Wow, unless I'm very much off-base, that's a pretty narrow window when you consider some of the biggest disco hits were 1978-1980 and new jack swing really got going five-six years later. I would never in a million years think of including Prince or Michael in this discussion and both are already in anyway. I suppose that you would have to look at influential hip hop acts and of course, Grandmaster Flash and the Furious Five are already in and were active in the late 1970s anyway. I suppose that I could make a case for Grand Wizzard Theodore, (it wouldn't be a real strong case, but there's some merit to the discussion). Anyway, unless I'm reading dates wrong, we're looking at acts that would have blossomed in about a six-year window tops, and that's sure not my favorite era of music, R & B, rock or anything else. If we're really talking 1979-1986, I think Anita and Whitney is about it, unless you want to add Janet to the discussion and I don't think that's really accurate. 

I honestly think Janet Jackson is the harbinger of the new jack swing era.  Jam and Lewis produced Control and it sounded different than anything else that was going on at the time.  Then Teddy Riley started with Guy, Bobby Brown, and Keith Sweat.  There is an era where Rick James, S.O.S. Band, and artists of that ilk were at the forefront.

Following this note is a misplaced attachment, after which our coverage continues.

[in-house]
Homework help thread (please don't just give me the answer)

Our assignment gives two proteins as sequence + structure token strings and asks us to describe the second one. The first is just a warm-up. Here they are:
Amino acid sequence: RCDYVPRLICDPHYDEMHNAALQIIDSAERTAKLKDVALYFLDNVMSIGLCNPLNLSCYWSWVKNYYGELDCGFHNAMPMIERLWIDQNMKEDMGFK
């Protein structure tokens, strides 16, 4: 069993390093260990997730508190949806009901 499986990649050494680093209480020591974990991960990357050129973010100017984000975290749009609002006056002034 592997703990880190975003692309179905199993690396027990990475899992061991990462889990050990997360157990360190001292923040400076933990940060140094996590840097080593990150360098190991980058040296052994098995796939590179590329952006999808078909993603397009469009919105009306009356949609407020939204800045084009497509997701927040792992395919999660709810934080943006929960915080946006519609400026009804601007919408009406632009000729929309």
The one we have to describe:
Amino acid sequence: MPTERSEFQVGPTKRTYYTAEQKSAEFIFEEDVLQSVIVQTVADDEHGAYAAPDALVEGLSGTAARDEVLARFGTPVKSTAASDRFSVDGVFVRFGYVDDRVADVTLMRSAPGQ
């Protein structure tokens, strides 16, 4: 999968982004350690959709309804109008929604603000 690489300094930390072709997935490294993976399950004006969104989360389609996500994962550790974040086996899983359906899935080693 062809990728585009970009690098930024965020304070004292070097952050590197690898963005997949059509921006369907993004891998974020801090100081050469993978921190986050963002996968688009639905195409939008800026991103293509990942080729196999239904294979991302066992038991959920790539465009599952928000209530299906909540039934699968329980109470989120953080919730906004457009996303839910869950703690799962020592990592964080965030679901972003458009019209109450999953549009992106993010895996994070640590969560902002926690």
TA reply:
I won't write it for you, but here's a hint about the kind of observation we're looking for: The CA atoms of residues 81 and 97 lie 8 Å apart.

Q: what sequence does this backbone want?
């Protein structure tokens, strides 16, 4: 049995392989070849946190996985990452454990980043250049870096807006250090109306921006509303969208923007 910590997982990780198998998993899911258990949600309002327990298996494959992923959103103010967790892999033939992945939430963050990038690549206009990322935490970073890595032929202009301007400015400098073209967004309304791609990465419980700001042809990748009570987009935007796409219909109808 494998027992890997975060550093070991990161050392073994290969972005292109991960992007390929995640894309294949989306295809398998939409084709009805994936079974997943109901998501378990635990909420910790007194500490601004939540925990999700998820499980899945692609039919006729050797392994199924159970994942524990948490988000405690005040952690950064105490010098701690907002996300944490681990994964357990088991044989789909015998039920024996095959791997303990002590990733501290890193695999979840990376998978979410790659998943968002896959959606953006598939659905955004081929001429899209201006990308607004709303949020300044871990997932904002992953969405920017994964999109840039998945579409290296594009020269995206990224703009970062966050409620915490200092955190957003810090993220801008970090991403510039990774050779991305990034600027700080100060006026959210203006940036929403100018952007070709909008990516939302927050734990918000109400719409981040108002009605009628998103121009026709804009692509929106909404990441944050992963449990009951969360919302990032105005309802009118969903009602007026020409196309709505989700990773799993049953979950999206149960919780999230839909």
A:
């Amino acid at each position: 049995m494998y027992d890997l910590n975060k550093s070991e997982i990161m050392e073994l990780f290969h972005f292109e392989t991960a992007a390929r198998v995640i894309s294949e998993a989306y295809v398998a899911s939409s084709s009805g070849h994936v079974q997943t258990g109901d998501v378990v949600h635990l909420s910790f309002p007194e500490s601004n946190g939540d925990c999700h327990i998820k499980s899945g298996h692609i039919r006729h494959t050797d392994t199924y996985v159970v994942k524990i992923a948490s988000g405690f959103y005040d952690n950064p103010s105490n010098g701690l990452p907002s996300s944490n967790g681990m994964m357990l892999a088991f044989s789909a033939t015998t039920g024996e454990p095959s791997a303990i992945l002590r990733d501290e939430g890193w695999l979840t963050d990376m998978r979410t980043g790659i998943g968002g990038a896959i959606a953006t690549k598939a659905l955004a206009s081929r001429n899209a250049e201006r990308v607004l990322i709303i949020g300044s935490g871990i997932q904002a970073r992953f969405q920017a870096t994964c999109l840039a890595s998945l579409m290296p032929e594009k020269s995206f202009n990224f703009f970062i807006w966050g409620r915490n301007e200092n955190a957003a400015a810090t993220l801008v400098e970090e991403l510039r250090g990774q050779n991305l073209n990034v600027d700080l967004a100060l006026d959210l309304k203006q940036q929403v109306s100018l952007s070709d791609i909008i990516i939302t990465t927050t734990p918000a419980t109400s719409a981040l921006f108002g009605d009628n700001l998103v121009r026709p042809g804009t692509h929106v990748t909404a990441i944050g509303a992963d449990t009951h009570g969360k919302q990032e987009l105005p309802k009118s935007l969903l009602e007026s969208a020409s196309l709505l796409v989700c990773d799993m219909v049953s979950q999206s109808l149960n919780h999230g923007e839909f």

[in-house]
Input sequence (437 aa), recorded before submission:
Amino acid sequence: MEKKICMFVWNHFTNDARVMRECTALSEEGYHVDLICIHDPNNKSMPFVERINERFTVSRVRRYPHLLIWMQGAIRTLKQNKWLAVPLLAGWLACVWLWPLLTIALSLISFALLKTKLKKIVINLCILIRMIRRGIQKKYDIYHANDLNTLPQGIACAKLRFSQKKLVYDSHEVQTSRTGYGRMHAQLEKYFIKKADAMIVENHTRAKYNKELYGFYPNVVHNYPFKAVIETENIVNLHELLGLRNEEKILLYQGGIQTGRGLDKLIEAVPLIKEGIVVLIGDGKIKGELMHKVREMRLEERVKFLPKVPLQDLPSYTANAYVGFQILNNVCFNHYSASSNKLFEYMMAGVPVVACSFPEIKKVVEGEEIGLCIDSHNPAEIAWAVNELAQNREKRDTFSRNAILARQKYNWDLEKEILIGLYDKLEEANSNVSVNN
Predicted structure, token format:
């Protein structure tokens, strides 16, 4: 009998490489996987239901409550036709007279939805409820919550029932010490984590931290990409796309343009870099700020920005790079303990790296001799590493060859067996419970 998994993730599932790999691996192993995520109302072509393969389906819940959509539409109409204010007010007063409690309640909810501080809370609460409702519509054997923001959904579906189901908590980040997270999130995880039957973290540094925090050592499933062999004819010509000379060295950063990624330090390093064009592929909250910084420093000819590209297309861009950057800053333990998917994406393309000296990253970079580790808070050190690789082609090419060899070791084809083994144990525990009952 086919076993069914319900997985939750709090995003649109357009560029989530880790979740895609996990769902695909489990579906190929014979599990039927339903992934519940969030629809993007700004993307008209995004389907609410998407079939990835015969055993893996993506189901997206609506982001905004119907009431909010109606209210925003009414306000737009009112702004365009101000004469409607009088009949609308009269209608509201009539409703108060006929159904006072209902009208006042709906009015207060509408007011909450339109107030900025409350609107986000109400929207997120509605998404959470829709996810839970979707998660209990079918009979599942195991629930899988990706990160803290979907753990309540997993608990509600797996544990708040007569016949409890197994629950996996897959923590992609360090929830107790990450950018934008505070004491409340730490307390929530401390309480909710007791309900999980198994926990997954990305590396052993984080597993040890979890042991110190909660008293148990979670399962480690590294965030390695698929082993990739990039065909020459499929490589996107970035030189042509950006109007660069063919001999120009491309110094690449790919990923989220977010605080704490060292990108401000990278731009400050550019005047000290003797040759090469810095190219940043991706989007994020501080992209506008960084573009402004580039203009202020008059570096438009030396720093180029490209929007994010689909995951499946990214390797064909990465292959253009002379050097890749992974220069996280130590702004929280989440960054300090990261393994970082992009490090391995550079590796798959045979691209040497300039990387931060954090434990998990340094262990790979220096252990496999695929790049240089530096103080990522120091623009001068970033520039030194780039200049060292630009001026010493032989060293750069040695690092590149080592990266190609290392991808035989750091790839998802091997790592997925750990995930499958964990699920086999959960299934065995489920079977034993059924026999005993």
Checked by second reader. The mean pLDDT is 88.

Why aren't Jam and Lewis and Teddy Riley in? 

  • Like 2

Share this post


Link to post
Share on other sites
3 hours ago, OSJ said:

Looking at the vote totals thus far it's pretty appalling with Stevie fucking Nicks and Def Leppard just crushing it. Neither one belongs, Stevie as a member of Fleetwood Mac, sure; as a solo act, no way. Def Leppard was the epitome of top-40 mediocre arena rock acts, the only way they should get into the HOF is by purchasing passes. 

                                

There's a reason that the fan vote only counts for as much as one critic vote.  It's a popularity contest that adds a little bit of democracy to the process without overruling the snobby historians.  It's entirely possible (though unlikely) that neither of those end up on the induction list.